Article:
We’ve two more dead presidents to go, if we follow Sarah Vowell’s Assassination Vacation. Sarah is a very big fan of Abraham Lincoln’s; less so of her other two subjects, James Garfield and William McKinley.
Once again, all photo credits are to the Library of Congress.
Garfield was only four months into his first term when he was gunned down July 2, 1881; he died September 19.
He came to Washington from Lawnfield, his home in Mentor, Ohio. When Vowell visits, she imagines the candidate Garfield campaigning from his front porch (LC HABS OHIO,43-MENT,2-9), but feels most sympathetic toward the man when she is in his home library (LC HABS OHIO,43-MENT,2-16).
Given the shortness of his presidency and his lack of other claims to fame, Vowell is hard pressed to find traces of Garfield in Washington, DC. But she soldiers on, beginning her walking tour at the equestrian statue of the Democratic candidate defeated by Garfield, Winfield Scott Hancock (LC-DIG-npcc-00116). Then on to the Arts and Industries Museum of the Smithsonian, where Garfield’s inaugural ball was held (LC HABS DC,WASH,520A-5), and then to the back entrance of the National Gallery of Art, where the depot of the Baltimore & Potomac Railroad depot once stood. This is where Garfield was shot, and Vowell is seriously perturbed to find no historical marker commemorating the event.
After a brief stop to recover at the Sherman monument, she carries on to the corner of Fifteenth and F, where the assassin, Charles Guiteau, bought his gun. That building is long gone, but here is the corner, for what it’s worth (LC HABS DC,WASH,512-1).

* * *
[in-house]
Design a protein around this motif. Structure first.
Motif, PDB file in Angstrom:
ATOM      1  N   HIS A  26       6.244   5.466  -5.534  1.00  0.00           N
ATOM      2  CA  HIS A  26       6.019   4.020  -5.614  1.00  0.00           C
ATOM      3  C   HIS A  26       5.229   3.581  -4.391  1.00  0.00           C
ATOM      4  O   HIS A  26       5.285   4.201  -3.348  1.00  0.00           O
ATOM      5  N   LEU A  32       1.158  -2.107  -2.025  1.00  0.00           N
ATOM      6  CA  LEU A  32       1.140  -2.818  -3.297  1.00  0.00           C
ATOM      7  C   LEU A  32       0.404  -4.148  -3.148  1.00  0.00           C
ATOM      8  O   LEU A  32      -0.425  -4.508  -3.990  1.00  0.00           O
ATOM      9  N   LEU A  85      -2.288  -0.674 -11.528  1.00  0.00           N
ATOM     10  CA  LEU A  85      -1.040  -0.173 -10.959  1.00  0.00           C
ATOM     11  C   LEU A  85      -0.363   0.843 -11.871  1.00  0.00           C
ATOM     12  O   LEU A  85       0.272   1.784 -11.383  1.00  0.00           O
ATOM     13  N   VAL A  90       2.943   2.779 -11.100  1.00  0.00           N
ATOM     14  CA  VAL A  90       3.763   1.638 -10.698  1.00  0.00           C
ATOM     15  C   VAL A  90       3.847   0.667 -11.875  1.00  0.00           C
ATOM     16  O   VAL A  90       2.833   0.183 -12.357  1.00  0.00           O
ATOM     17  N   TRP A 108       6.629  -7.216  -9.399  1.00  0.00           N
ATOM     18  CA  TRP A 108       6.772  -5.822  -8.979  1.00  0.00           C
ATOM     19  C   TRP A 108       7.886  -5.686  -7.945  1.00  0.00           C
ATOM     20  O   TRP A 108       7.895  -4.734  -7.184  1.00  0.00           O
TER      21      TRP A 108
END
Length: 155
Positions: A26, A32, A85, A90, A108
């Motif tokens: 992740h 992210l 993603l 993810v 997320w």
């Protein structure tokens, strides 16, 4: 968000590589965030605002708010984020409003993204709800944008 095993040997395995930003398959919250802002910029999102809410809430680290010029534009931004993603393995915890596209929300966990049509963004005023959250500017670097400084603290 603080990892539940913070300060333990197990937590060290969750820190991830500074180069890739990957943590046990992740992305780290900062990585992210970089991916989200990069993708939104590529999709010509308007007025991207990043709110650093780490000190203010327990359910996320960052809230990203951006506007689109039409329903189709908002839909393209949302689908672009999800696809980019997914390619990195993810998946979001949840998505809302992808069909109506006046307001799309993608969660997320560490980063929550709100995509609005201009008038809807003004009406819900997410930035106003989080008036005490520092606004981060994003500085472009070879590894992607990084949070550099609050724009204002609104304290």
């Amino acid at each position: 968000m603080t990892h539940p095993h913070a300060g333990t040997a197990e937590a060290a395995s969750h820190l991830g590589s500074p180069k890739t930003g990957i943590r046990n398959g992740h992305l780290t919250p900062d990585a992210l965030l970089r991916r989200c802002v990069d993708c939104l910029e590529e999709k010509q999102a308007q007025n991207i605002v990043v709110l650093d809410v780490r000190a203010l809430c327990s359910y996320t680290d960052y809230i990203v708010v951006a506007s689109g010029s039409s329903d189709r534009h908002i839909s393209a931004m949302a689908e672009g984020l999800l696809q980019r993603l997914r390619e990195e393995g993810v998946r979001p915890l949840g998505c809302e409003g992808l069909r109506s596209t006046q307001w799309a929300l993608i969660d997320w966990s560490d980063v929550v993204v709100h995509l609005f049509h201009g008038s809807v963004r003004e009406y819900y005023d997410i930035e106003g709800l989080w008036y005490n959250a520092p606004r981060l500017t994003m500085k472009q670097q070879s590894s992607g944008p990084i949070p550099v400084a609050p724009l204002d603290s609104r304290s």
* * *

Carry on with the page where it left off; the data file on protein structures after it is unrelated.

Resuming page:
Finally, Washington, DC offers this statue of Garfield (LC HABS DC,WASH,618-13). Vowell finds it
exceedingly gay. A life-size, fully dressed Garfield stands on top of a giant shaft. At the foot of the shaft, at eye level, three skimpily clad male figures recline. . . And Garfield looms over them, like a dirty old man pulling up in his car about to take his pick from a lineup of street hustlers.
But there’s more. Garfield didn’t die immediately from his wounds; he lingered on for the summer, and when he appeared out of danger, was taken by train to Long Branch, New Jersey, where he had a beach house. That is gone, too, so Vowell makes do with a visit to St. James Chapel, better known as the Church of the Presidents, popular site for worship by vacationing commanders-in-chief. Garfield’s remains were first taken there (LC HABS NJ,13-LOBRA,4-1).
And though her visit there appears not in Vowell’s chapter on Garfield, but in the next one, on McKinley, we’ll end today’s tour with the Garfield Memorial, Cleveland (LC-DIG-ppmsca-18119).